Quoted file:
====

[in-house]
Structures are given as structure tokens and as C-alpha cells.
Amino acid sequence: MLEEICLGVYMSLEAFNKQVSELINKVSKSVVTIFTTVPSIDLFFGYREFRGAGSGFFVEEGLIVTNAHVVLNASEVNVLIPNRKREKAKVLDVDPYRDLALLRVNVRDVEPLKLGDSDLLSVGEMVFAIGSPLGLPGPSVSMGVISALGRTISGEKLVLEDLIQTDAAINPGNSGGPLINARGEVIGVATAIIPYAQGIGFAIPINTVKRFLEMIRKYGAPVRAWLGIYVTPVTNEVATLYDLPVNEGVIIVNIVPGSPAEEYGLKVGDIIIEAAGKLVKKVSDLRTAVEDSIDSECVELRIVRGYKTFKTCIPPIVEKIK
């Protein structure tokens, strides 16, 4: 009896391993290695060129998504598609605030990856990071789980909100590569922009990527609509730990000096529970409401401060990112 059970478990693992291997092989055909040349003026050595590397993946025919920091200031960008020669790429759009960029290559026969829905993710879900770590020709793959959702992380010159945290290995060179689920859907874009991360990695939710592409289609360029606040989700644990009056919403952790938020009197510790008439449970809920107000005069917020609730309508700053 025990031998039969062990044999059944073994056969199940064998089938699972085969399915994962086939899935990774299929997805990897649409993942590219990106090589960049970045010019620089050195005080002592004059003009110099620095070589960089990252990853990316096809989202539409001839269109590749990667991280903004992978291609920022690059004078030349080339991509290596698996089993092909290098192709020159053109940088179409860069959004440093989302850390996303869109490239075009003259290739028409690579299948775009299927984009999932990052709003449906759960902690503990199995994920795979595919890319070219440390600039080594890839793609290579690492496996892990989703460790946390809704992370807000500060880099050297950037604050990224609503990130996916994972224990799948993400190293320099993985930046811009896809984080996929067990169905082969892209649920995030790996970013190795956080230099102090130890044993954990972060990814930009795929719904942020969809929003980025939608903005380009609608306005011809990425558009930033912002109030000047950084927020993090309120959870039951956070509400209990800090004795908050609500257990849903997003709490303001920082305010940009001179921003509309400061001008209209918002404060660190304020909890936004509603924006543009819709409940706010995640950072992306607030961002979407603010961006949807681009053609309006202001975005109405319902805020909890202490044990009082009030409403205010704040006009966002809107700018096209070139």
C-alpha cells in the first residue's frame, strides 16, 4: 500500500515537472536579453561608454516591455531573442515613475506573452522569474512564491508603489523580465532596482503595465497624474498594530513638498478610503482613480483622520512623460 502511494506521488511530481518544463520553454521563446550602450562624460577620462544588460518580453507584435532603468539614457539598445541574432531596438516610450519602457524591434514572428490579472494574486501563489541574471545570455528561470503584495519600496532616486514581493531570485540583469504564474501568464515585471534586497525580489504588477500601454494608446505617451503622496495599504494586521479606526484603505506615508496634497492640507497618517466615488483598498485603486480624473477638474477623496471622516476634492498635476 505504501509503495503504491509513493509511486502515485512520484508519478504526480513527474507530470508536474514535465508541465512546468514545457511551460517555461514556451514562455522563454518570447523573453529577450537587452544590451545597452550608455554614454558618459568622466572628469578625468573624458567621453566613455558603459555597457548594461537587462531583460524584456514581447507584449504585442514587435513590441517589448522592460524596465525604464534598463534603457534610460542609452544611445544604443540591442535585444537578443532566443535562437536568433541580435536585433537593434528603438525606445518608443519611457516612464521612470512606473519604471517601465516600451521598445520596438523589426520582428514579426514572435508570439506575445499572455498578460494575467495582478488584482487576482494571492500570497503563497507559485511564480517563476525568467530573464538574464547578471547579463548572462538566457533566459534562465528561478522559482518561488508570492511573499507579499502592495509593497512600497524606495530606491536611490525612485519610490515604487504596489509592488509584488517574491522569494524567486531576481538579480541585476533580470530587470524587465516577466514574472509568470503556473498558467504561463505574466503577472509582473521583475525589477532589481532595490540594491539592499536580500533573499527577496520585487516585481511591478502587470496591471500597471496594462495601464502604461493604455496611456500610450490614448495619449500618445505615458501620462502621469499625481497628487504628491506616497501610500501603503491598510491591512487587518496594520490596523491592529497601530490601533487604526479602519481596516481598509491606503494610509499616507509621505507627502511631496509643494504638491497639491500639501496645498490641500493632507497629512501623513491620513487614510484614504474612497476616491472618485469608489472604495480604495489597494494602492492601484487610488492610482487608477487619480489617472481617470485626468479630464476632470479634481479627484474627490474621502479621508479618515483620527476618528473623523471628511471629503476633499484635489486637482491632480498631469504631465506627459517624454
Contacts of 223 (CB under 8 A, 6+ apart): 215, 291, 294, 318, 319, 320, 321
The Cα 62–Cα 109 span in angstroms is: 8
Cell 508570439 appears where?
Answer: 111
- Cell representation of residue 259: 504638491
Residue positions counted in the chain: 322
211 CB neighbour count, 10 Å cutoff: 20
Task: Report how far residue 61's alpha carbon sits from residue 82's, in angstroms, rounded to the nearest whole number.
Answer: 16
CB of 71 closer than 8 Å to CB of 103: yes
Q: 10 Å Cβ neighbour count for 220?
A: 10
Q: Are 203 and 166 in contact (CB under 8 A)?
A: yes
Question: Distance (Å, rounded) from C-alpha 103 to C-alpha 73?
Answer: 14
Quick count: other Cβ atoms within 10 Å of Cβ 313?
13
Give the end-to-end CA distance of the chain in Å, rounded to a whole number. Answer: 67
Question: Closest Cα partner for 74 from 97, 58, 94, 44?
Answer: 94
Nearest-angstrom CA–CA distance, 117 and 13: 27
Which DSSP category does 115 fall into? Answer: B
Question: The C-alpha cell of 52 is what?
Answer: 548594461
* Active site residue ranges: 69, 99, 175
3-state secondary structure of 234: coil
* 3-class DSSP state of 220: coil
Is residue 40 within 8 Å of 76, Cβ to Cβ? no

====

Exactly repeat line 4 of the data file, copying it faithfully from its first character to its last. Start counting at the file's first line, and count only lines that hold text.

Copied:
């Protein structure tokens, strides 16, 4: 009896391993290695060129998504598609605030990856990071789980909100590569922009990527609509730990000096529970409401401060990112 059970478990693992291997092989055909040349003026050595590397993946025919920091200031960008020669790429759009960029290559026969829905993710879900770590020709793959959702992380010159945290290995060179689920859907874009991360990695939710592409289609360029606040989700644990009056919403952790938020009197510790008439449970809920107000005069917020609730309508700053 025990031998039969062990044999059944073994056969199940064998089938699972085969399915994962086939899935990774299929997805990897649409993942590219990106090589960049970045010019620089050195005080002592004059003009110099620095070589960089990252990853990316096809989202539409001839269109590749990667991280903004992978291609920022690059004078030349080339991509290596698996089993092909290098192709020159053109940088179409860069959004440093989302850390996303869109490239075009003259290739028409690579299948775009299927984009999932990052709003449906759960902690503990199995994920795979595919890319070219440390600039080594890839793609290579690492496996892990989703460790946390809704992370807000500060880099050297950037604050990224609503990130996916994972224990799948993400190293320099993985930046811009896809984080996929067990169905082969892209649920995030790996970013190795956080230099102090130890044993954990972060990814930009795929719904942020969809929003980025939608903005380009609608306005011809990425558009930033912002109030000047950084927020993090309120959870039951956070509400209990800090004795908050609500257990849903997003709490303001920082305010940009001179921003509309400061001008209209918002404060660190304020909890936004509603924006543009819709409940706010995640950072992306607030961002979407603010961006949807681009053609309006202001975005109405319902805020909890202490044990009082009030409403205010704040006009966002809107700018096209070139």